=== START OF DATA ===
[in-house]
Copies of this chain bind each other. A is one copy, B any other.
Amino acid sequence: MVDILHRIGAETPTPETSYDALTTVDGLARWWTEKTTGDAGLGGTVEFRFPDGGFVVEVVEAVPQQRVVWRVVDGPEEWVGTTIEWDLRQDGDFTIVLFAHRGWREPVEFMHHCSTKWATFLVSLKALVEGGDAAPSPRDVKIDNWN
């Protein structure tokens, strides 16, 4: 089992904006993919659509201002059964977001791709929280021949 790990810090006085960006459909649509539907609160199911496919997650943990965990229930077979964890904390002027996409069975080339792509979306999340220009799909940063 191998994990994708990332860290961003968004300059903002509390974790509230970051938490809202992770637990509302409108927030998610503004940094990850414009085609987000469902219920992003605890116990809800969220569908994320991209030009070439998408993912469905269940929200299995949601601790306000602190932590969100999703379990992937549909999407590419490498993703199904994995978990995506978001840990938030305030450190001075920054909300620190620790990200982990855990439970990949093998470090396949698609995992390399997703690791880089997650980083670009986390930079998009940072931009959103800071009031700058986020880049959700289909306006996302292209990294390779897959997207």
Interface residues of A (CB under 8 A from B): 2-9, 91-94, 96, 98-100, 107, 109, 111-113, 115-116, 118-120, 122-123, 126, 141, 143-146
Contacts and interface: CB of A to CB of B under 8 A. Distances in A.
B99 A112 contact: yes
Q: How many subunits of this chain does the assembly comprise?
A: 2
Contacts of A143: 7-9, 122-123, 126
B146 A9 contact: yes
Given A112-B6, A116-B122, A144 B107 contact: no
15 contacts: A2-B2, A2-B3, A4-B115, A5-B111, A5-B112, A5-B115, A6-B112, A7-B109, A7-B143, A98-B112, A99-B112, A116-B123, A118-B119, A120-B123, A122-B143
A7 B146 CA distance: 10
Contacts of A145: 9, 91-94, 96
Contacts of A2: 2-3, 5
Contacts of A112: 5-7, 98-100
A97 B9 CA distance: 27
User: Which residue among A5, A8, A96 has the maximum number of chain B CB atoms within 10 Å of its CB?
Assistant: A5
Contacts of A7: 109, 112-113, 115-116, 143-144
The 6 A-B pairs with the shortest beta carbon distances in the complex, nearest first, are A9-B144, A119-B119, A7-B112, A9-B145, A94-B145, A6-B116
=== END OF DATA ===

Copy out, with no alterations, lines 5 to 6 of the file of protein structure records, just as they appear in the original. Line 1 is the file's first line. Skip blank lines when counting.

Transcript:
Interface residues of A (CB under 8 A from B): 2-9, 91-94, 96, 98-100, 107, 109, 111-113, 115-116, 118-120, 122-123, 126, 141, 143-146
Contacts and interface: CB of A to CB of B under 8 A. Distances in A.